- Perhaps most importantly, the postmodern church believes that its very existence has little to do with growth for its own sake or prominence in the community and everything to do with mission. Church is a place to explore faith and to practice faith with fellow travelers in the way that Jesus taught.
In his book, The New Christians, Tony Jones sums up the post-modern church this way:
It is the practice of the (New Christians) “as Christ-centered people to understand the gospel in terms of Jesus’ radical, profound and expansive message of the Kingdom of God; as people seeking to be formed spiritually in the way of Christ, to learn historic Christian spiritual practices and to use them for the development of character, integrity and virtue which flow from true communion with God; …. (and) as lovers of God’s truth, to seek wisdom and understanding, which are the true goal of theology, and to engage in respectful, thoughtful, sacred conversation about God, world and church.”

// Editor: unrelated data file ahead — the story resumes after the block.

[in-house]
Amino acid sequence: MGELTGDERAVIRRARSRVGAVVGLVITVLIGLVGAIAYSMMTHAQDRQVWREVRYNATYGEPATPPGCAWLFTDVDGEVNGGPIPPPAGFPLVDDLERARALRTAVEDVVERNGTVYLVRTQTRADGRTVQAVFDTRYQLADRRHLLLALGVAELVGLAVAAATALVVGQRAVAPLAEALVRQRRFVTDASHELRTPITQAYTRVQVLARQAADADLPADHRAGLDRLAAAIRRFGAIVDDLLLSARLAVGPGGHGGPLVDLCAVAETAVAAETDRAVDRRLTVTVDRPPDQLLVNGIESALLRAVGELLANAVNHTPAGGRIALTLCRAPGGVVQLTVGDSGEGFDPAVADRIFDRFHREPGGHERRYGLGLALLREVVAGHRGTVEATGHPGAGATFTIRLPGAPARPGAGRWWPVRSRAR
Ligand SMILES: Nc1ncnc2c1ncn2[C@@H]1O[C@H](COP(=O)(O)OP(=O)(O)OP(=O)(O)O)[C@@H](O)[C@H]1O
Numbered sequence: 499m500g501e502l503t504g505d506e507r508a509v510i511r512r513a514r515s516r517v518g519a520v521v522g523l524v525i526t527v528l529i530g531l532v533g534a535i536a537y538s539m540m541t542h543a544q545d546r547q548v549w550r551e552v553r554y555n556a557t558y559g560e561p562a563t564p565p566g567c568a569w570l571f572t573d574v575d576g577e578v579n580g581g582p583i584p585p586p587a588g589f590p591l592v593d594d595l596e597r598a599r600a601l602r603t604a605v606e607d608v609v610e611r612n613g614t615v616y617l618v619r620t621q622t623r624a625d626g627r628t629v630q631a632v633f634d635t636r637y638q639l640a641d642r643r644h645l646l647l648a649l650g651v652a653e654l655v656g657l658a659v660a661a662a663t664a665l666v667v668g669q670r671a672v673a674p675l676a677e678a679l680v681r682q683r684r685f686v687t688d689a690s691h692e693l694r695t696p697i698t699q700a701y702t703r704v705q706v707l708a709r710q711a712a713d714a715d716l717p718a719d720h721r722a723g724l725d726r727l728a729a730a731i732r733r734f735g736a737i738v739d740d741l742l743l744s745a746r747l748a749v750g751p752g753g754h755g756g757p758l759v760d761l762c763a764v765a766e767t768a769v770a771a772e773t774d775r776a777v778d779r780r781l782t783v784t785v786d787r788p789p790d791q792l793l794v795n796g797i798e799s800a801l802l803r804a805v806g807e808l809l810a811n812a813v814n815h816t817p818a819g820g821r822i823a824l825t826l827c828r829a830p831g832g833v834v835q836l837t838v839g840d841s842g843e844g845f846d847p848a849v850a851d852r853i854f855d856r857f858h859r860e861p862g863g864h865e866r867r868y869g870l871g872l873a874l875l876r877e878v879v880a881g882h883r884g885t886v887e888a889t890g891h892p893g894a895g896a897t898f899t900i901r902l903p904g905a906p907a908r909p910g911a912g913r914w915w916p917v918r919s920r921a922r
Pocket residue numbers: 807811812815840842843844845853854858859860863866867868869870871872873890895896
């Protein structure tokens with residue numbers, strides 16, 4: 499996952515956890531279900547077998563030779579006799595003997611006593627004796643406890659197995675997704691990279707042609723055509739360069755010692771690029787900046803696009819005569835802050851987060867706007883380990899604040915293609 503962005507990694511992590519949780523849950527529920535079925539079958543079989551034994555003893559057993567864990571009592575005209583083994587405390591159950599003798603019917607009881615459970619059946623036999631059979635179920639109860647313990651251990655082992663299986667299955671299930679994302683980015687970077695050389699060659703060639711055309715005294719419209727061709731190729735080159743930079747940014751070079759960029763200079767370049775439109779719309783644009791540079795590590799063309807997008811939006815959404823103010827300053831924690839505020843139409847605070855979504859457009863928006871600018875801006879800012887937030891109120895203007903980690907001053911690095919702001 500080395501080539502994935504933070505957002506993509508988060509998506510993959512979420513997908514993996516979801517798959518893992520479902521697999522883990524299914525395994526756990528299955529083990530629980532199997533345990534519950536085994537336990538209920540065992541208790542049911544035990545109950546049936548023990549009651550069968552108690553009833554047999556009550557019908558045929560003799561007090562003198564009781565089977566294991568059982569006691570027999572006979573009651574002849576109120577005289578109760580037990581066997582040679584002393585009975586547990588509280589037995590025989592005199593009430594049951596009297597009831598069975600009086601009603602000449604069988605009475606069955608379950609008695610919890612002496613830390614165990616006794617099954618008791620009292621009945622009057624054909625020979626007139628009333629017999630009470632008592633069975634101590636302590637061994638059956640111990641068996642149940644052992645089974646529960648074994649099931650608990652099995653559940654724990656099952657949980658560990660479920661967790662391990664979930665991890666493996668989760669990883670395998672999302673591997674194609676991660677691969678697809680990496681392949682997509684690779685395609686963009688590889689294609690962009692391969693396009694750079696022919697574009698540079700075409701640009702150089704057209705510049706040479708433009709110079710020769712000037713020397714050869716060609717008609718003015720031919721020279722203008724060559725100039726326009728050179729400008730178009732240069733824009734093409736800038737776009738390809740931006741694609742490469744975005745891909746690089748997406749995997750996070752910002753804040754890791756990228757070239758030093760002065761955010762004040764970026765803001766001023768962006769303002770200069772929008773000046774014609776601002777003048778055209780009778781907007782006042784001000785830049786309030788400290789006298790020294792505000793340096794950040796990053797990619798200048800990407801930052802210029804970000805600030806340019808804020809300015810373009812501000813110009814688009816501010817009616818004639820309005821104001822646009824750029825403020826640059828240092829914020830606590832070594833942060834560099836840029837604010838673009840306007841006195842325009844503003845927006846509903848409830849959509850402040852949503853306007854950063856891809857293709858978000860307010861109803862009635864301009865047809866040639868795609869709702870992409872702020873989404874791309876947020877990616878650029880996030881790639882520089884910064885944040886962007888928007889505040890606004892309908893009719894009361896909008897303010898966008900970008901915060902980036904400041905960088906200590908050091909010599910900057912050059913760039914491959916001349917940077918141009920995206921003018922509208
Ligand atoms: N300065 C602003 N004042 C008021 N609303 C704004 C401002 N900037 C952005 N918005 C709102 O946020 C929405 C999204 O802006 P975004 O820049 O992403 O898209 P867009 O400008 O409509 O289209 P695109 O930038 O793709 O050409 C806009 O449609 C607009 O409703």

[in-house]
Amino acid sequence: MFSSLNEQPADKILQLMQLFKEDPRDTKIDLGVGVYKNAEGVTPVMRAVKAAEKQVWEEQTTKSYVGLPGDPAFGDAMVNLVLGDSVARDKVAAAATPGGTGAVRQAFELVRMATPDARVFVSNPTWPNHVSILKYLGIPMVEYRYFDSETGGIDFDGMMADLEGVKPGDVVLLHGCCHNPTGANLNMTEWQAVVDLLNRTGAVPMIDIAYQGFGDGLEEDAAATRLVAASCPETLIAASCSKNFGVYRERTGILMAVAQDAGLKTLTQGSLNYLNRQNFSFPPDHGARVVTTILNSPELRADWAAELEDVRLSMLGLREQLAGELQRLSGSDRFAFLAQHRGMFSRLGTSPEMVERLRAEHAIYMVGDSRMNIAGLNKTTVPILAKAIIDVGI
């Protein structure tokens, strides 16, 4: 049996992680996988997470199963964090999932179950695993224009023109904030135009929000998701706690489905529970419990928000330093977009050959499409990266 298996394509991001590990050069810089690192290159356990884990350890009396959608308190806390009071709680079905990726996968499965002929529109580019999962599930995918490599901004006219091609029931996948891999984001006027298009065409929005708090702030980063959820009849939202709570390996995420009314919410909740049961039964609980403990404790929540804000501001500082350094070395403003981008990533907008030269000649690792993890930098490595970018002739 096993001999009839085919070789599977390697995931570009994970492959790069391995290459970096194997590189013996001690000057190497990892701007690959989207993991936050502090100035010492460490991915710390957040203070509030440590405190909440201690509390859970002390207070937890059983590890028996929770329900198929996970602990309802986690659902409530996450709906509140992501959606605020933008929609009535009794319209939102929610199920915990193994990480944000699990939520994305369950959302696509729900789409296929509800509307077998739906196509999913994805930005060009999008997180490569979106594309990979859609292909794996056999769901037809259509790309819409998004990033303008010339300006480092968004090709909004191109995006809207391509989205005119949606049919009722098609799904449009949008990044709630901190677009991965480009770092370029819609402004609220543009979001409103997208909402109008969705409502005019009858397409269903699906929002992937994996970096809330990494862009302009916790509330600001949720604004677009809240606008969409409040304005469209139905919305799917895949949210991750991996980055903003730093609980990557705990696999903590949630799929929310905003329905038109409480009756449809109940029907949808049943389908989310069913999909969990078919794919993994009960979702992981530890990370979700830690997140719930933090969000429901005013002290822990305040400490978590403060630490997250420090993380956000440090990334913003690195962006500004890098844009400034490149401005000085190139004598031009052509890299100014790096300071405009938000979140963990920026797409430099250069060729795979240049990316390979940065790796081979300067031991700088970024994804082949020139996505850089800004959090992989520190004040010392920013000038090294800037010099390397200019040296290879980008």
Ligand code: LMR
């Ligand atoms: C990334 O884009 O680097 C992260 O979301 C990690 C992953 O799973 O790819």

The entire shape of the postmodern church is not clear. But one can say with some assurance that the main line Protestant churches that are growing and thriving are churches that have caught the flavor of this new, postmodern world. One can also say that the churches that thrive in the future are those that pay attention to this renewed understanding of faith and the practice of religion.
St. John’s can and must be attuned to this emerging church. For example, if the church that is emerging is interested in respectful, thoughtful, sacred conversation, it would be well for the church to adopt programmatic approaches that facilitate such conversation. Perhaps even more importantly, if church members, the “new Christians” are interested in historic Christian practices then exploring our tradition matters provided that we keep in mind that the goal of participants is “the development of character, integrity and virtue which flow from true communion with God.”